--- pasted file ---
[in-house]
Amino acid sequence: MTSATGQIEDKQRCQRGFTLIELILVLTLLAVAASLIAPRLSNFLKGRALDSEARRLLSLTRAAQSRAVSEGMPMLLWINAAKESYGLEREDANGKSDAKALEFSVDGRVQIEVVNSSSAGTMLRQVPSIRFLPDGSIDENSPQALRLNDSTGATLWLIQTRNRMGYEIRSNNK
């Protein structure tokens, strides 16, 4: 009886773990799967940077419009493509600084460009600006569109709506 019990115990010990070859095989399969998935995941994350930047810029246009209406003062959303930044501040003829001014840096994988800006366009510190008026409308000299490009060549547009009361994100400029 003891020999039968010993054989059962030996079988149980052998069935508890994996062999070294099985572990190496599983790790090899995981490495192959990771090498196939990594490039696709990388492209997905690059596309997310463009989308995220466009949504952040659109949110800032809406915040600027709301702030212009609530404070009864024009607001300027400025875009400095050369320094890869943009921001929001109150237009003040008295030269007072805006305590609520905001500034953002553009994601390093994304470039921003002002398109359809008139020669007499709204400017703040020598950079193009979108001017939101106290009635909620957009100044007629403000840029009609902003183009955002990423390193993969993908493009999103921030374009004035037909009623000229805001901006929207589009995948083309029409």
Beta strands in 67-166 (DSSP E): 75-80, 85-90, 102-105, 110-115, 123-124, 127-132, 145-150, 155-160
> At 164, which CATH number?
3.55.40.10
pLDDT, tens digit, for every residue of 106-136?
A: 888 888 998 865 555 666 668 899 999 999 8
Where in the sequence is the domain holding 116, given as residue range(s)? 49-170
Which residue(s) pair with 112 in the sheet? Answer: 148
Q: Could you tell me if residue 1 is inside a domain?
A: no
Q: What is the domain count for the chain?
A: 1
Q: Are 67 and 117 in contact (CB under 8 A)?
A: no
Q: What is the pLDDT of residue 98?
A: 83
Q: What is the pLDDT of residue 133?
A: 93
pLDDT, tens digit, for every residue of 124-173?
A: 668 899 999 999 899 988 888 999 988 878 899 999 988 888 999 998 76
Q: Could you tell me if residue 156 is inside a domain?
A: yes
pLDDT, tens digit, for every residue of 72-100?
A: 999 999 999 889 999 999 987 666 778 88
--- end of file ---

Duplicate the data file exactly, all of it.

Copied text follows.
[in-house]
Amino acid sequence: MTSATGQIEDKQRCQRGFTLIELILVLTLLAVAASLIAPRLSNFLKGRALDSEARRLLSLTRAAQSRAVSEGMPMLLWINAAKESYGLEREDANGKSDAKALEFSVDGRVQIEVVNSSSAGTMLRQVPSIRFLPDGSIDENSPQALRLNDSTGATLWLIQTRNRMGYEIRSNNK
């Protein structure tokens, strides 16, 4: 009886773990799967940077419009493509600084460009600006569109709506 019990115990010990070859095989399969998935995941994350930047810029246009209406003062959303930044501040003829001014840096994988800006366009510190008026409308000299490009060549547009009361994100400029 003891020999039968010993054989059962030996079988149980052998069935508890994996062999070294099985572990190496599983790790090899995981490495192959990771090498196939990594490039696709990388492209997905690059596309997310463009989308995220466009949504952040659109949110800032809406915040600027709301702030212009609530404070009864024009607001300027400025875009400095050369320094890869943009921001929001109150237009003040008295030269007072805006305590609520905001500034953002553009994601390093994304470039921003002002398109359809008139020669007499709204400017703040020598950079193009979108001017939101106290009635909620957009100044007629403000840029009609902003183009955002990423390193993969993908493009999103921030374009004035037909009623000229805001901006929207589009995948083309029409």
Beta strands in 67-166 (DSSP E): 75-80, 85-90, 102-105, 110-115, 123-124, 127-132, 145-150, 155-160
> At 164, which CATH number?
3.55.40.10
pLDDT, tens digit, for every residue of 106-136?
A: 888 888 998 865 555 666 668 899 999 999 8
Where in the sequence is the domain holding 116, given as residue range(s)? 49-170
Which residue(s) pair with 112 in the sheet? Answer: 148
Q: Could you tell me if residue 1 is inside a domain?
A: no
Q: What is the domain count for the chain?
A: 1
Q: Are 67 and 117 in contact (CB under 8 A)?
A: no
Q: What is the pLDDT of residue 98?
A: 83
Q: What is the pLDDT of residue 133?
A: 93
pLDDT, tens digit, for every residue of 124-173?
A: 668 899 999 999 899 988 888 999 988 878 899 999 988 888 999 998 76
Q: Could you tell me if residue 156 is inside a domain?
A: yes
pLDDT, tens digit, for every residue of 72-100?
A: 999 999 999 889 999 999 987 666 778 88